Here’s How Vetrazzo is Bringing Recycled Glass To Your Kitchen
Saving the earth has never been so chic
The year is 1996, and Don McPherson, a brilliant glass science student from Berkley, California, doesn’t know he’s on the verge of creating a revolutionary surface material.
While fiddling around with various glass aggregates, particles and cement binding, the PhD student discovered he might be on to something and began to narrow down his formula. As it turns out, the coalescence of those substances creates a colorful, glossy and refined surface akin to marble, but far more striking.
Fast forward a couple of years and McPherson’s happy accident, dubbed Vetrazzo, is being manufactured at the old Ford assembly plant in Richmond, California, and transforming homes along the west coast.
“That location obviously had an ironic, historical significance because Henry Ford is the classic American dream, building something from the ground up,” says Steve Schrenk, Digital Media Director and Design Consultant at Polycor. “When our company, Polycor, acquired Vetrazzo in 2007, we moved all manufacturing out to the Georgia Marble Quarry on the east coast, so it was quite literally a transcontinental journey for all the equipment and manpower.”
All-American standards are something that Polycor, Vetrazzo’s parent company, is proud of maintaining. The Great Georgia Marble Quarry in Tate, Georgia, also happens to be the location in which marble for
the Lincoln Memorial was mined. “Since the Vetrazzo atelier is also in Tate, it’s produced side-by-side with all the marble,” explains Schrenk. “Chips of marble that can’t be utilized get swirled into the product, so you’re putting little pieces of history into your home. It’s a great American Story.”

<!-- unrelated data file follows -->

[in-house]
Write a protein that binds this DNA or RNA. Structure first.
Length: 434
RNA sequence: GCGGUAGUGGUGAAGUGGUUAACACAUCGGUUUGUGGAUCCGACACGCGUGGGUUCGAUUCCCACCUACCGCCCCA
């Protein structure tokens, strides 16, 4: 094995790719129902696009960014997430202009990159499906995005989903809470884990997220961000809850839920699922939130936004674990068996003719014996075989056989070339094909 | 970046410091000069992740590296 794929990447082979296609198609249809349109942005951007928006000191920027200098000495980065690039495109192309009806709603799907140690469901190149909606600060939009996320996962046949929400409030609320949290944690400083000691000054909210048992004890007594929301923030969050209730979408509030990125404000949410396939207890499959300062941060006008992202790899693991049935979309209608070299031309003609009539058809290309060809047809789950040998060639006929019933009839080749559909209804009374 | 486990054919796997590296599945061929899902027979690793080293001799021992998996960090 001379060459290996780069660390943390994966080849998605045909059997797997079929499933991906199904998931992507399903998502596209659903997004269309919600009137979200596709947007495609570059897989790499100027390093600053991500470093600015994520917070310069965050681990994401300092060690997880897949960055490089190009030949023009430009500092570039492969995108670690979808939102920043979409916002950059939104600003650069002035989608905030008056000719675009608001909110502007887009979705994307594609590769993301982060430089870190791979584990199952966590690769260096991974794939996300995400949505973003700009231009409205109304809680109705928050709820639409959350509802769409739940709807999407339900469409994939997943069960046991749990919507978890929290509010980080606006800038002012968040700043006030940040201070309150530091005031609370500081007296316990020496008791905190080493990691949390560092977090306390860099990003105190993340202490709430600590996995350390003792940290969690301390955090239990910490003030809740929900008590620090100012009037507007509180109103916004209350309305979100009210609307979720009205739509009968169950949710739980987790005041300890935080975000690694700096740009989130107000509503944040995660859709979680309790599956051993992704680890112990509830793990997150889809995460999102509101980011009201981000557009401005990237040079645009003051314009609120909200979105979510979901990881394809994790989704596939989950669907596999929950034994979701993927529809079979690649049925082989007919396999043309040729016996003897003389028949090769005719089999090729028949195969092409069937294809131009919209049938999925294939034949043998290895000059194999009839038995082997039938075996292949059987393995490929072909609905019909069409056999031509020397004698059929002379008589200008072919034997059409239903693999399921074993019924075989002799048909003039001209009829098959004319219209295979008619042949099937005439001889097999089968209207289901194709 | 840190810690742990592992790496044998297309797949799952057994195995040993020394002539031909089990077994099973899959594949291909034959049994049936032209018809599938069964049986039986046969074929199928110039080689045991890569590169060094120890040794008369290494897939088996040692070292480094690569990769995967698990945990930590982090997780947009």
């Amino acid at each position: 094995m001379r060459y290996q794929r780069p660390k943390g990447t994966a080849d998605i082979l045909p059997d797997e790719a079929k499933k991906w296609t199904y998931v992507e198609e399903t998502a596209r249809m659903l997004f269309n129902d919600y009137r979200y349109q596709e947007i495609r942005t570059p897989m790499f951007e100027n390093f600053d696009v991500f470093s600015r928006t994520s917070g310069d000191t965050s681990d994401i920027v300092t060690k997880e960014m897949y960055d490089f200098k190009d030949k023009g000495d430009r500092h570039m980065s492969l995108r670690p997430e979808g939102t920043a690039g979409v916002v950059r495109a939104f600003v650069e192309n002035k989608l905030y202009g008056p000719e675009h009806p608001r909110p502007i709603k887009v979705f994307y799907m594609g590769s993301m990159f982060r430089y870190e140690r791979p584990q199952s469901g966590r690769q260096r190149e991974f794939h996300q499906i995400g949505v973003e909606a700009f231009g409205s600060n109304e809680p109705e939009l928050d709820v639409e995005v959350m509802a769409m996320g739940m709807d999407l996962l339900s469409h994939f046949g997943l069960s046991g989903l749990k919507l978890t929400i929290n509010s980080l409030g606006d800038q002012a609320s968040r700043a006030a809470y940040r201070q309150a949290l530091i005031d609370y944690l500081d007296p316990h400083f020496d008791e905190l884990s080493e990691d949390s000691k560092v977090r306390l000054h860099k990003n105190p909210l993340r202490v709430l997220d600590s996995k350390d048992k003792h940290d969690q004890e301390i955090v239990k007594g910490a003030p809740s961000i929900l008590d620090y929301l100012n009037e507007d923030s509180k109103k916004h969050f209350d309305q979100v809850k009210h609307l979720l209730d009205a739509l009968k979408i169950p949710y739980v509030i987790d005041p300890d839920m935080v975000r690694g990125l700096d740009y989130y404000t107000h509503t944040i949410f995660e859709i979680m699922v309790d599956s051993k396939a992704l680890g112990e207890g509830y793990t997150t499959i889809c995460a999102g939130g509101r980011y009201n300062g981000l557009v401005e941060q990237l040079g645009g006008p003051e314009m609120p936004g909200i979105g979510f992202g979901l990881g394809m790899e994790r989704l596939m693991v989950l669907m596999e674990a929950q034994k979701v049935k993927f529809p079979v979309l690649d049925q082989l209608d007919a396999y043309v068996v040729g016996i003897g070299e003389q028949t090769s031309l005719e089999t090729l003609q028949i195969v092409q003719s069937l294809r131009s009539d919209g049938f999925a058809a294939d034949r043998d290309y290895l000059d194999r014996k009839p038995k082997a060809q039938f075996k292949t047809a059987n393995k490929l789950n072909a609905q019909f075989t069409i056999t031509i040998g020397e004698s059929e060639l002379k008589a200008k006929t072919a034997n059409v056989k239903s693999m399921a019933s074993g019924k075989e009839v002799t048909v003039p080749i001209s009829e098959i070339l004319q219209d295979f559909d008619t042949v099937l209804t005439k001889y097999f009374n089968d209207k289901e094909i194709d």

Containing about 700 pounds of recycled glass in each slab, Vetrazzo is an environmentally friendly product, diverting heaps of waste from land lls that would otherwise take centuries to break down. Bursts of cobalt blue may have been from a Skyy Vodka bottle, while splashes of red could be shards of an old stoplight. Both Vetrazzo’s Residential and Sea and Sand collections have been stealing the spotlight along the Emerald Coast, famous for its incorporation of materials such as wine bottles, architectural glass and even oyster shells.
“We actually have a design called Emerald Coast that has a very unique, sea glass green and Coke bottle color that’s unlike anything else we sell,” Schrenk describes. “That’s mixed with South Carolina oyster shells and marble from Tate’s quarry to give it a subtle translucence that’s really perfect for coastal homes.”
“We’ve definitely been getting more requests, especially with houses on the beach that want to remodel with Vetrazzo,” says Eric Harper, vice president of Solid Design Fabricators Inc. in Pensacola. “It’s beautiful because it reflects the scenery outside. Umbo White, Cubist Clear and Emerald Coast are the colors we do the most of.” But if muted, sandy-white tones aren’t for you, there are bold options that integrate shards from stained glass, prismatic perfume bottles, and even broken dishes to provide that pop of pigment you need.
“Vetrazzo can almost be seen as a piece of jewelry, an artistic statement you want to make in a room,” says Schrenk. “Nowadays people are tiling their bathrooms with ceramics and building open-enclosure showers out of glass. We see people using Vetrazzo as an accent border, or incorporating those glassy blues and greens of the shower into cabinetry. You’ve never been able to do that with a natural stone product before.”
Kitchen counters and islands are another ideal place for Vetrazzo, as its largely glass composition means it won’t leave stains behind. The durable surface is also UV-stable, meaning natural light won’t cause any loss of vibrancy.
Outdoors, Vetrazzo brings seaside vibes to your pool and deck features. Well-tested against the elements, Schrenk has seen people employ Vetrazzo as personalized touches to their Jacuzzis, outdoor cabanas and bars.
“It’s important to remember this is a handmade product, and very artisanal. This isn’t something mass-produced on an assembly line; a lot of care is put into each piece, and it’s going to reflect in your home.”